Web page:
Raumlaborberlin proposed an investigation into various ways the diverse “we” live in an urban world, made plans to dig deep in asking why we make the choices that lead us to do so, and asked how those decisions inform the ideal and reality of home. Or alternately, how they offer cause for abandoning homes that sustained families for generations, to various means of destruction. The firm presents unvarnished, un-romanticized realities and observations that may, in the ideal, inspire growth and positive evolution.
The physical mission was daring: to move the interior of a structurally unsound, late 19th-century house from 4562 Enright Avenue to the Pulitzer building 1.8 miles away. In this new context, it would become subject to intense and diverse architectural and sociological and emotional scrutiny.
Large parts of the house have been reassembled, so now, when a visitor enters the main gallery, the first and second floors of the house, without their brick epidermis, come into view. If antennas are out, the visual, intellectual and emotional qualities of “home” become clear.
What one person may regard as rubble and ruin is Xanadu to others, including this writer. Notions of beauty are challenged and re-evaluated. A view into the heart of decay—and regarding this as parallel to the demise of the city in the 20th century—is profoundly instructive, and profoundly disturbing.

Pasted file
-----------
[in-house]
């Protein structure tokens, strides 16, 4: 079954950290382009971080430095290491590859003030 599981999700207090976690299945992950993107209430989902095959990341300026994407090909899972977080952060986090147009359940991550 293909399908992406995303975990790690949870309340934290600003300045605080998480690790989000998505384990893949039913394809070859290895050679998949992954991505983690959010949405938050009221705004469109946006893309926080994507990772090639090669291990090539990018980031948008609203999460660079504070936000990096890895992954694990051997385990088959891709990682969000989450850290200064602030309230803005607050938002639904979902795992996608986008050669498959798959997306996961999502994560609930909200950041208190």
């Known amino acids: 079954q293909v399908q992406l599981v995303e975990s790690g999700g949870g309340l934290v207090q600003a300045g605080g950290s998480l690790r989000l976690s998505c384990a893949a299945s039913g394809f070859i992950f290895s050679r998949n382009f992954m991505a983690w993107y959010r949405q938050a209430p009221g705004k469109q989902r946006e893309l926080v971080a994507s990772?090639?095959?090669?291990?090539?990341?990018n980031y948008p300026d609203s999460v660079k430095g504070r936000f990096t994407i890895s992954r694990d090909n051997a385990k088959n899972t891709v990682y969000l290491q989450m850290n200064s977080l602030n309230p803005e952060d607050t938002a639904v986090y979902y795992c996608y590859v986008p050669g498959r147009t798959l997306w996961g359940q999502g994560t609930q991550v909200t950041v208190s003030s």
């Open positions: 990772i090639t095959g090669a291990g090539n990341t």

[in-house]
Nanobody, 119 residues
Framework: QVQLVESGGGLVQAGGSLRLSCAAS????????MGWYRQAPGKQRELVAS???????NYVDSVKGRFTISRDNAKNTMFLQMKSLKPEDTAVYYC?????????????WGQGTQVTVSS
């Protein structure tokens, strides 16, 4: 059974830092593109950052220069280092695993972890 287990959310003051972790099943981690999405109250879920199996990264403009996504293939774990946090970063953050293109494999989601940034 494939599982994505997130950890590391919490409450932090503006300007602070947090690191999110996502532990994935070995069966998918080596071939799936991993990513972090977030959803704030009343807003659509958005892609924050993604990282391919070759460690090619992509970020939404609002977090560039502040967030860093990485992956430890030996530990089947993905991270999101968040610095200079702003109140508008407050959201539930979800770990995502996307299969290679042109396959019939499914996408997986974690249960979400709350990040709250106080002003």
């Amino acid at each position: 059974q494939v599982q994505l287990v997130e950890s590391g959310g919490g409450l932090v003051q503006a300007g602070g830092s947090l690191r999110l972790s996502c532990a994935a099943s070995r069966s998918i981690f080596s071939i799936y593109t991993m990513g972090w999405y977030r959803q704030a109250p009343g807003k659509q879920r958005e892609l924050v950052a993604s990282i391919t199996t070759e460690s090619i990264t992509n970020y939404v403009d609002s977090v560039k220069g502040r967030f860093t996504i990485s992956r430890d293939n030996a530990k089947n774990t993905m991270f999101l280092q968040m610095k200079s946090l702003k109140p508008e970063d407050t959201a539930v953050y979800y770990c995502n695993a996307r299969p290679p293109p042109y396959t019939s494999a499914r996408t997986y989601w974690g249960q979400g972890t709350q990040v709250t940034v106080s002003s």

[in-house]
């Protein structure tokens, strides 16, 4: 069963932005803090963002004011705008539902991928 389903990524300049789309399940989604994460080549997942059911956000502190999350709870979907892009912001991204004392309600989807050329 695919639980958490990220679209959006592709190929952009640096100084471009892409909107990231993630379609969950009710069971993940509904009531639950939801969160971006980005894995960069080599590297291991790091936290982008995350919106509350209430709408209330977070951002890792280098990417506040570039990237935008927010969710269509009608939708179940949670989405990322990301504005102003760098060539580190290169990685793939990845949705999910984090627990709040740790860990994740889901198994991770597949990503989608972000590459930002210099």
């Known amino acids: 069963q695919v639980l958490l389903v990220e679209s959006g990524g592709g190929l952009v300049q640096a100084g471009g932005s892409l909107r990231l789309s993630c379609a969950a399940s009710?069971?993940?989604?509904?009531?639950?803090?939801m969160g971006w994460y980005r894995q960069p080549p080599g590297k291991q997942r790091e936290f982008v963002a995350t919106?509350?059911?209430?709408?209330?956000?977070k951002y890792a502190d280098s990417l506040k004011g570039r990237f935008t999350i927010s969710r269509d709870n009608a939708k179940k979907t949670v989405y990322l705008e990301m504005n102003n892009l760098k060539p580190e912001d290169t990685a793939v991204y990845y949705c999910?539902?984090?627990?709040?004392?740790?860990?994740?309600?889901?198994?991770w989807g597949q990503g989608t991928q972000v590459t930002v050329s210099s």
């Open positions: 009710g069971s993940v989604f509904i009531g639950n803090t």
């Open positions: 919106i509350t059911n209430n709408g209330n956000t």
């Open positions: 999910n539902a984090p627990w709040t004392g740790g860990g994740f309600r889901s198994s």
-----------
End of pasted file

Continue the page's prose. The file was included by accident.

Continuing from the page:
If you take a walk through the transported and transfigured interior of the once-a-home-house, think about its civic and historic implications. You may well understand from that examination that as this house fell into ruin, St. Louis, once one of the resplendent Cities on the Hill, a place of prosperity and model of exceptionalism, fell victim to decay simultaneously.
City streets and urban populations, particularly in North St. Louis, are snaggled in many places today by decaying buildings and vacant lots and alleys filled with trash, as the inhabitants of these quarters face daily the indignities of second-rate services of all sorts. Raumlaborberlin and the Pulitzer Arts Foundation present a challenge to a city that continues to wring its hands to get to work, perhaps with programs that resemble the W.P.A.
Bus tours, preservation preachments, sentimentalism and endless, self-serving, repetitious, facilitated conversations simply are not going to do the job.
What can be done, and what art in its revelatory capacity can assist us in accomplishing, are long-range, ambitious, organic solutions that grow from obvious need rather than arcane academic ideologies.
The ideas raumlaborberlin commits itself to accomplishing are neither ideological nor Olympian, but are dedicated to the idea of opening the door of this abandoned home and unlocking its spirit, the better to channel the information it presents with the hope of producing what should be—and can be—in St. Louis.
Kristin Fleischmann Brewer, director of public projects, and Sophie Lipman, public projects and outreach organizer, coordinated the development of the Enright project for the Pulitzer.
For more information on the Pulitzer Arts Foundation, on these exhibitions and on special events programming, go to http://pulitzerarts.org.